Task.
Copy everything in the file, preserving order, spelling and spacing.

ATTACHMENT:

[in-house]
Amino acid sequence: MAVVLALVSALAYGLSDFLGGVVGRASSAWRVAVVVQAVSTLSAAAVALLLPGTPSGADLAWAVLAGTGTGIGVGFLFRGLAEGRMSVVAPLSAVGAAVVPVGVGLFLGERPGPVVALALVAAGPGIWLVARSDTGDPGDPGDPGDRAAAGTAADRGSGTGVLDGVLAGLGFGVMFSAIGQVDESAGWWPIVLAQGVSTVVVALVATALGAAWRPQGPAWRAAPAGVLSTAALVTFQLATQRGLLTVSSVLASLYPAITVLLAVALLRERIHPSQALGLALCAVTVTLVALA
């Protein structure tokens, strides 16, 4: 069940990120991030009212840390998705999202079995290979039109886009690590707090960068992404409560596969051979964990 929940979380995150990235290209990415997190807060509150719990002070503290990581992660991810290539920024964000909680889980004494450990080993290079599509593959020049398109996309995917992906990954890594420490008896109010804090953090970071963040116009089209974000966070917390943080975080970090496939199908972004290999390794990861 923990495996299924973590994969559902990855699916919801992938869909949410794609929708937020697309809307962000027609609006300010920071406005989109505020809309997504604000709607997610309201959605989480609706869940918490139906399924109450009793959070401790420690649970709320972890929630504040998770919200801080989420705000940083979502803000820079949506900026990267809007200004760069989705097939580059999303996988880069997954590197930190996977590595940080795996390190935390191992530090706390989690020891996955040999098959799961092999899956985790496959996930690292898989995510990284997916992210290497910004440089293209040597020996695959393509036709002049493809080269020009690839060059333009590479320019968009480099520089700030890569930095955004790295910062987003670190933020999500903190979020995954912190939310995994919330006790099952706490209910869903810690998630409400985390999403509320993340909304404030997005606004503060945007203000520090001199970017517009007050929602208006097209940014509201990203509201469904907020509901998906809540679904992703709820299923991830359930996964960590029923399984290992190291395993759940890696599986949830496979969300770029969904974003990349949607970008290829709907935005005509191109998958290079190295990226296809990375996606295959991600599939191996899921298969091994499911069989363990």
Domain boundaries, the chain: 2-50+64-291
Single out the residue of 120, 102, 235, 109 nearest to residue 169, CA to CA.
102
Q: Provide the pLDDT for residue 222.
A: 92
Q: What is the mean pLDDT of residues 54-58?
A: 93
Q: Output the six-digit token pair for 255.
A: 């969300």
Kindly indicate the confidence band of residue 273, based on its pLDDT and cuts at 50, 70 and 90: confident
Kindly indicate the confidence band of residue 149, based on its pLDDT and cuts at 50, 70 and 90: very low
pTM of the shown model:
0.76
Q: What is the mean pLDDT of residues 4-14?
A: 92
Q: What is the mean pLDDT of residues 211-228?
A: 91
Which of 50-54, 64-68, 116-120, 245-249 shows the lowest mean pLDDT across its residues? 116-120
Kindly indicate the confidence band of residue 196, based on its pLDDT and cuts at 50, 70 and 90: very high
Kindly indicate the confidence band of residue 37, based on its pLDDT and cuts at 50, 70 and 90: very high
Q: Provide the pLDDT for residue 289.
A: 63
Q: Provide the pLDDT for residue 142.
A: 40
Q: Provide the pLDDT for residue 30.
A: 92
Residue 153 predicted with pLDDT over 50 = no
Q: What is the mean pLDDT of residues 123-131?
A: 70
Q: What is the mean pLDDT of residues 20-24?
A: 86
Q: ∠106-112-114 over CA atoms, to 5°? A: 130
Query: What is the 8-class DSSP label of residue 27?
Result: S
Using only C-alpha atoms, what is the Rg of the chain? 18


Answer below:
[in-house]
Amino acid sequence: MAVVLALVSALAYGLSDFLGGVVGRASSAWRVAVVVQAVSTLSAAAVALLLPGTPSGADLAWAVLAGTGTGIGVGFLFRGLAEGRMSVVAPLSAVGAAVVPVGVGLFLGERPGPVVALALVAAGPGIWLVARSDTGDPGDPGDPGDRAAAGTAADRGSGTGVLDGVLAGLGFGVMFSAIGQVDESAGWWPIVLAQGVSTVVVALVATALGAAWRPQGPAWRAAPAGVLSTAALVTFQLATQRGLLTVSSVLASLYPAITVLLAVALLRERIHPSQALGLALCAVTVTLVALA
């Protein structure tokens, strides 16, 4: 069940990120991030009212840390998705999202079995290979039109886009690590707090960068992404409560596969051979964990 929940979380995150990235290209990415997190807060509150719990002070503290990581992660991810290539920024964000909680889980004494450990080993290079599509593959020049398109996309995917992906990954890594420490008896109010804090953090970071963040116009089209974000966070917390943080975080970090496939199908972004290999390794990861 923990495996299924973590994969559902990855699916919801992938869909949410794609929708937020697309809307962000027609609006300010920071406005989109505020809309997504604000709607997610309201959605989480609706869940918490139906399924109450009793959070401790420690649970709320972890929630504040998770919200801080989420705000940083979502803000820079949506900026990267809007200004760069989705097939580059999303996988880069997954590197930190996977590595940080795996390190935390191992530090706390989690020891996955040999098959799961092999899956985790496959996930690292898989995510990284997916992210290497910004440089293209040597020996695959393509036709002049493809080269020009690839060059333009590479320019968009480099520089700030890569930095955004790295910062987003670190933020999500903190979020995954912190939310995994919330006790099952706490209910869903810690998630409400985390999403509320993340909304404030997005606004503060945007203000520090001199970017517009007050929602208006097209940014509201990203509201469904907020509901998906809540679904992703709820299923991830359930996964960590029923399984290992190291395993759940890696599986949830496979969300770029969904974003990349949607970008290829709907935005005509191109998958290079190295990226296809990375996606295959991600599939191996899921298969091994499911069989363990």
Domain boundaries, the chain: 2-50+64-291
Single out the residue of 120, 102, 235, 109 nearest to residue 169, CA to CA.
102
Q: Provide the pLDDT for residue 222.
A: 92
Q: What is the mean pLDDT of residues 54-58?
A: 93
Q: Output the six-digit token pair for 255.
A: 């969300």
Kindly indicate the confidence band of residue 273, based on its pLDDT and cuts at 50, 70 and 90: confident
Kindly indicate the confidence band of residue 149, based on its pLDDT and cuts at 50, 70 and 90: very low
pTM of the shown model:
0.76
Q: What is the mean pLDDT of residues 4-14?
A: 92
Q: What is the mean pLDDT of residues 211-228?
A: 91
Which of 50-54, 64-68, 116-120, 245-249 shows the lowest mean pLDDT across its residues? 116-120
Kindly indicate the confidence band of residue 196, based on its pLDDT and cuts at 50, 70 and 90: very high
Kindly indicate the confidence band of residue 37, based on its pLDDT and cuts at 50, 70 and 90: very high
Q: Provide the pLDDT for residue 289.
A: 63
Q: Provide the pLDDT for residue 142.
A: 40
Q: Provide the pLDDT for residue 30.
A: 92
Residue 153 predicted with pLDDT over 50 = no
Q: What is the mean pLDDT of residues 123-131?
A: 70
Q: What is the mean pLDDT of residues 20-24?
A: 86
Q: ∠106-112-114 over CA atoms, to 5°? A: 130
Query: What is the 8-class DSSP label of residue 27?
Result: S
Using only C-alpha atoms, what is the Rg of the chain? 18